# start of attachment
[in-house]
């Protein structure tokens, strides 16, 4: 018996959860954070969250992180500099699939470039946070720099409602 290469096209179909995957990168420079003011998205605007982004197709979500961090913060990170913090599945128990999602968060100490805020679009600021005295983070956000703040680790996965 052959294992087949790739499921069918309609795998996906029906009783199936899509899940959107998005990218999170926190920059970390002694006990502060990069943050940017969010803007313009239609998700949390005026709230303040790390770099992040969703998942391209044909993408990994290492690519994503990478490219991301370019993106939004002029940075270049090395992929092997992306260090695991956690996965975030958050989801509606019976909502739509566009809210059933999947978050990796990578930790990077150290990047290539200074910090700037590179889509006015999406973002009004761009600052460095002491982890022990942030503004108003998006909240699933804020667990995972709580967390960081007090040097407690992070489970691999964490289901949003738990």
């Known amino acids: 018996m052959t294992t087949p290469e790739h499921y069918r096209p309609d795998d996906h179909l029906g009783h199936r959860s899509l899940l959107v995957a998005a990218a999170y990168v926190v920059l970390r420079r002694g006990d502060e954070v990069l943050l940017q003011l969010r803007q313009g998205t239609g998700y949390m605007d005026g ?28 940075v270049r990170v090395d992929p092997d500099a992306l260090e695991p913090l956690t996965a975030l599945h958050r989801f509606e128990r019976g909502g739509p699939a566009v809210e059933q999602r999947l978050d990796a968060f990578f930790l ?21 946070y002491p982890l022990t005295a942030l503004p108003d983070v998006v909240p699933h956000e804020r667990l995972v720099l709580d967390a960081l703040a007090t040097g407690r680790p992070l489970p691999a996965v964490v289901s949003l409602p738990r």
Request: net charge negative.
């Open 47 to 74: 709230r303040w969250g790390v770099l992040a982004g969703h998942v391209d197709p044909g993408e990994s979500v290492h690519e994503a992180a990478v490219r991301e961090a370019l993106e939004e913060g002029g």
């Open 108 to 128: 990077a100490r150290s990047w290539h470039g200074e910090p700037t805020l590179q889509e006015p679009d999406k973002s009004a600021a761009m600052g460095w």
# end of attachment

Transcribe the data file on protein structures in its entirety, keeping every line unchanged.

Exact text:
[in-house]
């Protein structure tokens, strides 16, 4: 018996959860954070969250992180500099699939470039946070720099409602 290469096209179909995957990168420079003011998205605007982004197709979500961090913060990170913090599945128990999602968060100490805020679009600021005295983070956000703040680790996965 052959294992087949790739499921069918309609795998996906029906009783199936899509899940959107998005990218999170926190920059970390002694006990502060990069943050940017969010803007313009239609998700949390005026709230303040790390770099992040969703998942391209044909993408990994290492690519994503990478490219991301370019993106939004002029940075270049090395992929092997992306260090695991956690996965975030958050989801509606019976909502739509566009809210059933999947978050990796990578930790990077150290990047290539200074910090700037590179889509006015999406973002009004761009600052460095002491982890022990942030503004108003998006909240699933804020667990995972709580967390960081007090040097407690992070489970691999964490289901949003738990």
């Known amino acids: 018996m052959t294992t087949p290469e790739h499921y069918r096209p309609d795998d996906h179909l029906g009783h199936r959860s899509l899940l959107v995957a998005a990218a999170y990168v926190v920059l970390r420079r002694g006990d502060e954070v990069l943050l940017q003011l969010r803007q313009g998205t239609g998700y949390m605007d005026g ?28 940075v270049r990170v090395d992929p092997d500099a992306l260090e695991p913090l956690t996965a975030l599945h958050r989801f509606e128990r019976g909502g739509p699939a566009v809210e059933q999602r999947l978050d990796a968060f990578f930790l ?21 946070y002491p982890l022990t005295a942030l503004p108003d983070v998006v909240p699933h956000e804020r667990l995972v720099l709580d967390a960081l703040a007090t040097g407690r680790p992070l489970p691999a996965v964490v289901s949003l409602p738990r």
Request: net charge negative.
């Open 47 to 74: 709230r303040w969250g790390v770099l992040a982004g969703h998942v391209d197709p044909g993408e990994s979500v290492h690519e994503a992180a990478v490219r991301e961090a370019l993106e939004e913060g002029g």
């Open 108 to 128: 990077a100490r150290s990047w290539h470039g200074e910090p700037t805020l590179q889509e006015p679009d999406k973002s009004a600021a761009m600052g460095w």